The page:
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Javits Says Social Progress Tied To 'Middle Class' Satisfaction

By Carole J. Uhlaner

Sen. Jacob K. Javits (R-N.Y.) Monday added his plan to the growing list of suggestions for satisfying the new-found "Middle Americans."

"I do not believe the Middle American is being as abused and put upon as he thinks he is." Javits told the 650 people at the Law School Forum.

The middle class American is not shifting to the right. as some people have suggested but merely wants to retain the economic benefits he received under the New Deal and in the '50's. Javits said. "He is still very much left of center on bread and butter issues." he added.

The major challenge facing the government now is to maintain the life style of the middle class while meeting the needs of the "have note." Javits told the crowd. Otherwise, we "stand the risk of compounding, not solving our problems."

Relating the "Middle American" to President Nixon's "silent majority," Javits said that he thought the average American wants peace, "but has not gotten the message as to what President Nixon is failing to propose."

He explained that Nixon should not tie American withdrawal to Saigon's schedule for increasing its military strength. "We'll never know whether the South Vietnamese are capable of defending themselves [until we say] 'we're getting out, my friends.' President Nixon has not yet grasped this."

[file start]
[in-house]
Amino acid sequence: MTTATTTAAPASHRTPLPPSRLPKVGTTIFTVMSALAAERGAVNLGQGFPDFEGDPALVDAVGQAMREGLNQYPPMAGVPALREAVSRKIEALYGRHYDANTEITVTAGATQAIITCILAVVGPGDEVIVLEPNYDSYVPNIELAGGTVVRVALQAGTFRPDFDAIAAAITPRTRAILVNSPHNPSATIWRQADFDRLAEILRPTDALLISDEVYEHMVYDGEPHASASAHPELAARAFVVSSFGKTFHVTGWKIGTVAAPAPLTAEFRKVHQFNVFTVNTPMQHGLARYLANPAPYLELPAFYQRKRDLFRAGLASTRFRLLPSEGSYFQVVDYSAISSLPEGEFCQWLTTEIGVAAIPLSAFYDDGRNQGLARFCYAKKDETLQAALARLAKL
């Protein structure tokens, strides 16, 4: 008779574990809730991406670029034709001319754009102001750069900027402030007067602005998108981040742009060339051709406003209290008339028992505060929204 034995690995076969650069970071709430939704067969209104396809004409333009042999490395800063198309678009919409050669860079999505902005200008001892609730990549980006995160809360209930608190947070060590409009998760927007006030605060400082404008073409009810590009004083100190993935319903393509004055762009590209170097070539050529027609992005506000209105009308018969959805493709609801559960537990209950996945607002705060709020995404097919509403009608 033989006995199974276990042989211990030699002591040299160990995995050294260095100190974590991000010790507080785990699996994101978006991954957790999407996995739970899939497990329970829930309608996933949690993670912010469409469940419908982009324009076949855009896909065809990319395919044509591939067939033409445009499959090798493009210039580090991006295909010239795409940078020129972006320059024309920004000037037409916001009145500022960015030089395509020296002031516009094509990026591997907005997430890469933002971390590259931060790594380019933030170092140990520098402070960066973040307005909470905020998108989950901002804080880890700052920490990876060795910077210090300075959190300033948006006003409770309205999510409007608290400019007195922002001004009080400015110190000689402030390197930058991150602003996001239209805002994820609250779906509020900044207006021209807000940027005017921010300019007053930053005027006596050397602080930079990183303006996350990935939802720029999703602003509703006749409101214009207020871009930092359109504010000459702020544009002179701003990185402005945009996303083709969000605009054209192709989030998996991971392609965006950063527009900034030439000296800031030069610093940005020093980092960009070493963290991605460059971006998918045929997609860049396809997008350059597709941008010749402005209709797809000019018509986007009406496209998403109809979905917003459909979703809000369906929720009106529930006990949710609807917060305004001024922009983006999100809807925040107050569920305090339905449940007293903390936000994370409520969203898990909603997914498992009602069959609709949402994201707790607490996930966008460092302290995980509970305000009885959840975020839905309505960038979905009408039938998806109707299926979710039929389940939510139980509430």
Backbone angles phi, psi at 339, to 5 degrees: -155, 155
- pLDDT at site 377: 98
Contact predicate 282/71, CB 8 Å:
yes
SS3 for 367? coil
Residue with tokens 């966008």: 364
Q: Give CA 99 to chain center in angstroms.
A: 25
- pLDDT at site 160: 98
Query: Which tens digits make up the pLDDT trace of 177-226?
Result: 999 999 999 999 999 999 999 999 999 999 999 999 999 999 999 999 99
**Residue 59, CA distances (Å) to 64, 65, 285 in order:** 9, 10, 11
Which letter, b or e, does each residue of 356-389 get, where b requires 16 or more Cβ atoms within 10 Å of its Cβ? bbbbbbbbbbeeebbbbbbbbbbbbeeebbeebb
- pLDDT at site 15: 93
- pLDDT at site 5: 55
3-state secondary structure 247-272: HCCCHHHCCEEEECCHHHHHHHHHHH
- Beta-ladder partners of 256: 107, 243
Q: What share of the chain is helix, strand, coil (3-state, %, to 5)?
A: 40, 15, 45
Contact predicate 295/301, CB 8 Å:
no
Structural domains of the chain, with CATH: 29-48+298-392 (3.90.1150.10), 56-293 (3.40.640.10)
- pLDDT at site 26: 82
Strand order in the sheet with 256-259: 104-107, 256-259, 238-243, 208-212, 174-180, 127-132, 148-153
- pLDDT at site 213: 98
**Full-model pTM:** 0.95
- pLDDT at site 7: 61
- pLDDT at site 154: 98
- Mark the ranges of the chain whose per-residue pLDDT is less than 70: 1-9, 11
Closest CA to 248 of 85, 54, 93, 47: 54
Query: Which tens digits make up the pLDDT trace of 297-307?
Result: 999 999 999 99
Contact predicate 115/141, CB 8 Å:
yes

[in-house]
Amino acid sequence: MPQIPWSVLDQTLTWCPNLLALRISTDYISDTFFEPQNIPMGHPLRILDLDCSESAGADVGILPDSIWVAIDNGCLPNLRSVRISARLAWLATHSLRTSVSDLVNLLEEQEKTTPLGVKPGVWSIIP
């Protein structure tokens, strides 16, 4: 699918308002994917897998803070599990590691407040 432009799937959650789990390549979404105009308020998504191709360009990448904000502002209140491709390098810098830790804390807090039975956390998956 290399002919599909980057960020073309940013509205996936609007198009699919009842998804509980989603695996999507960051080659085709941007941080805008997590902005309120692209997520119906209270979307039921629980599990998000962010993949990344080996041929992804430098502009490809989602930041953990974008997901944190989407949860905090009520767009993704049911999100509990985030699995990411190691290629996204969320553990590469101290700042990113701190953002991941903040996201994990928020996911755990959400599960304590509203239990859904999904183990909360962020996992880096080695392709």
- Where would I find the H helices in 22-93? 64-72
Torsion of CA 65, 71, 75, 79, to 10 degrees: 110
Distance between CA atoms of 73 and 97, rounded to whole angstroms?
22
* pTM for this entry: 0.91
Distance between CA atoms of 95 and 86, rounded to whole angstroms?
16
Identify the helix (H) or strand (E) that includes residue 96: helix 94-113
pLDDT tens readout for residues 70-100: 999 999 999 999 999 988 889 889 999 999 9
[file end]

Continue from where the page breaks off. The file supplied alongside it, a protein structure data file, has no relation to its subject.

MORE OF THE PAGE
Javits said that the progressives in the Republican Party have an "infinitely better chance" today than twenty years ago. He said the election of John P. Lindsay in New York and of moderate Republicans to the governor-ship in Maryland and Virginia and to the Senate GOP leadership are "encouraging signs."

Personality Over Party

The Lindsay election also indicates that American polities are moving into area where personalities and issues may be more important than party affiliations in deciding elections, he said.

"No longer can any politician consider any state, any district, any city, to be safe." he added.

"A viable party cannot be based on a Southern Strategy," he said, especially since "its application in fact would be inconsistent with the law of the land."

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